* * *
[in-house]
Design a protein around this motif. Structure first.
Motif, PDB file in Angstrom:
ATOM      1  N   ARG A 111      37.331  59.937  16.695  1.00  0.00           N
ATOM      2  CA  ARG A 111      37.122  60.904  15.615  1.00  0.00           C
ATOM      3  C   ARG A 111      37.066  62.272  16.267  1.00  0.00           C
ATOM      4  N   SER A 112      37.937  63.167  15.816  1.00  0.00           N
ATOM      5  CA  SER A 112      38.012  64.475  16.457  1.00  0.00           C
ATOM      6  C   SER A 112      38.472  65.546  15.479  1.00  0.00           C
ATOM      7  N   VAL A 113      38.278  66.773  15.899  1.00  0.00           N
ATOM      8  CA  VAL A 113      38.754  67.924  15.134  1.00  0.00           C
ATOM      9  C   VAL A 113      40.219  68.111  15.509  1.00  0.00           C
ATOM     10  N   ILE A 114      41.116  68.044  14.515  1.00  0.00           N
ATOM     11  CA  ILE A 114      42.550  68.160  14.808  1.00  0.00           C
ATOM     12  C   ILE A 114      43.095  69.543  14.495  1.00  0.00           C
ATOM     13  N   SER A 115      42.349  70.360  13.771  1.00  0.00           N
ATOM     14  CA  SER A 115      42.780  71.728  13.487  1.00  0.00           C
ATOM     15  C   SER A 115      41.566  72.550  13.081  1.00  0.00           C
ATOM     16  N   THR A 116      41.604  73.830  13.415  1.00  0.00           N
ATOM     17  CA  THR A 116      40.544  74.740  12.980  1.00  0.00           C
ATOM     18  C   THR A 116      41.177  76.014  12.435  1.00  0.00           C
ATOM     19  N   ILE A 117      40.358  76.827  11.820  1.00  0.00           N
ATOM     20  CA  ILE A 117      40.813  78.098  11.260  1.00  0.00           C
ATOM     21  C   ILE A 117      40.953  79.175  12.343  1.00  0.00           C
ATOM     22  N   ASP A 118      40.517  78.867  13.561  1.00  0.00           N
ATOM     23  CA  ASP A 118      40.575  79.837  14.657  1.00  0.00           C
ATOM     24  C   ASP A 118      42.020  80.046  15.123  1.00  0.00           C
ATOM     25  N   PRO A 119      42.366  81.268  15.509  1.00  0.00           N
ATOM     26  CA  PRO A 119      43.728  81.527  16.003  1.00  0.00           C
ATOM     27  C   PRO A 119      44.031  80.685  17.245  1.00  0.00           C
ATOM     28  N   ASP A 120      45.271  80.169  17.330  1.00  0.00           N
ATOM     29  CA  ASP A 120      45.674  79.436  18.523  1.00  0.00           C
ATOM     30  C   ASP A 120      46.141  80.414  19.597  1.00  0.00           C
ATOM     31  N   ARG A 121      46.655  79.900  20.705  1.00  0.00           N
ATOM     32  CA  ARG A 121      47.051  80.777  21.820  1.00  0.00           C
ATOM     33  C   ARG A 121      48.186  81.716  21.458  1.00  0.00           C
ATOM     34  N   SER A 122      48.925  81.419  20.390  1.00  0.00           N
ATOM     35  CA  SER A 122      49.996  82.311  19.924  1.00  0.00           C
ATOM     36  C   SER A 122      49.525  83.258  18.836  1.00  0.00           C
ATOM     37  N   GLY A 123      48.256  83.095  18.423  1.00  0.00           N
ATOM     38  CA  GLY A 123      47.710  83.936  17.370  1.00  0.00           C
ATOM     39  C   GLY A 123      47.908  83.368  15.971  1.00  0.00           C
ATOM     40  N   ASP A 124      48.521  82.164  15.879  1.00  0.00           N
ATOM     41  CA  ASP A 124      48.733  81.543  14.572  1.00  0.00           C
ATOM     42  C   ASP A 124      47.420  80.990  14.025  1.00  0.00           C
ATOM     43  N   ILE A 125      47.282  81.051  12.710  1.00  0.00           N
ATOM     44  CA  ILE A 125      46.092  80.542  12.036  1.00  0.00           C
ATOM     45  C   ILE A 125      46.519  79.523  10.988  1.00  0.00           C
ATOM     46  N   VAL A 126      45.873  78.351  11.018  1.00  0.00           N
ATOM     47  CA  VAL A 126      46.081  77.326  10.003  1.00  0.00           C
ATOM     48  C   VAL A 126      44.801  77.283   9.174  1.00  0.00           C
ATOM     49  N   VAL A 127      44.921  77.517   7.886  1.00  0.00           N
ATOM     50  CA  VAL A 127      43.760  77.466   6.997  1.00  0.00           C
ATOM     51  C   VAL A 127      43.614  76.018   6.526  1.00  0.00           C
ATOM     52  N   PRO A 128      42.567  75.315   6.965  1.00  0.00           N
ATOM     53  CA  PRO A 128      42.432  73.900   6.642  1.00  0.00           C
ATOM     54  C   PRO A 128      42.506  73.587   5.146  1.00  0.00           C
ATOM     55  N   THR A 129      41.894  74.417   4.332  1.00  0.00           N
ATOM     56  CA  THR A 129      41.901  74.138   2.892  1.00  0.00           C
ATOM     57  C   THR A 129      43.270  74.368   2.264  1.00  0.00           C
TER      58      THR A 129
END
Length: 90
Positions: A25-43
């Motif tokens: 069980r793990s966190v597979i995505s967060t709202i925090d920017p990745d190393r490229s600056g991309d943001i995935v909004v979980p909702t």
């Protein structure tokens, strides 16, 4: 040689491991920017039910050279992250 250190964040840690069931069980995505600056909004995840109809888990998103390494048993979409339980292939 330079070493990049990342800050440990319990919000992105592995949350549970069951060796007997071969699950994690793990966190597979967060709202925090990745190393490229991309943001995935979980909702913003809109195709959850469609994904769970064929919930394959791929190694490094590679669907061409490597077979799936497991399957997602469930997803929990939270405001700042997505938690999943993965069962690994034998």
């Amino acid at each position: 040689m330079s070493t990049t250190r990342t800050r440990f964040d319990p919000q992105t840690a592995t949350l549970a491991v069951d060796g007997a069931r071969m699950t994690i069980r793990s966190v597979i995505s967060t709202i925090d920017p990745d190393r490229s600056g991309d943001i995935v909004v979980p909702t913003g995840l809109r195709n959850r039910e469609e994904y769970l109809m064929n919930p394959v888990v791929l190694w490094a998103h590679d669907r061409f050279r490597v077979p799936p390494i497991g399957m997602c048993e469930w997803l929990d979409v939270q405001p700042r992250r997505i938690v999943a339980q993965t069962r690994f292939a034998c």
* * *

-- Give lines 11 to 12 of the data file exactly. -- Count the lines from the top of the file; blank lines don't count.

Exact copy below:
ATOM      8  CA  VAL A 113      38.754  67.924  15.134  1.00  0.00           C
ATOM      9  C   VAL A 113      40.219  68.111  15.509  1.00  0.00           C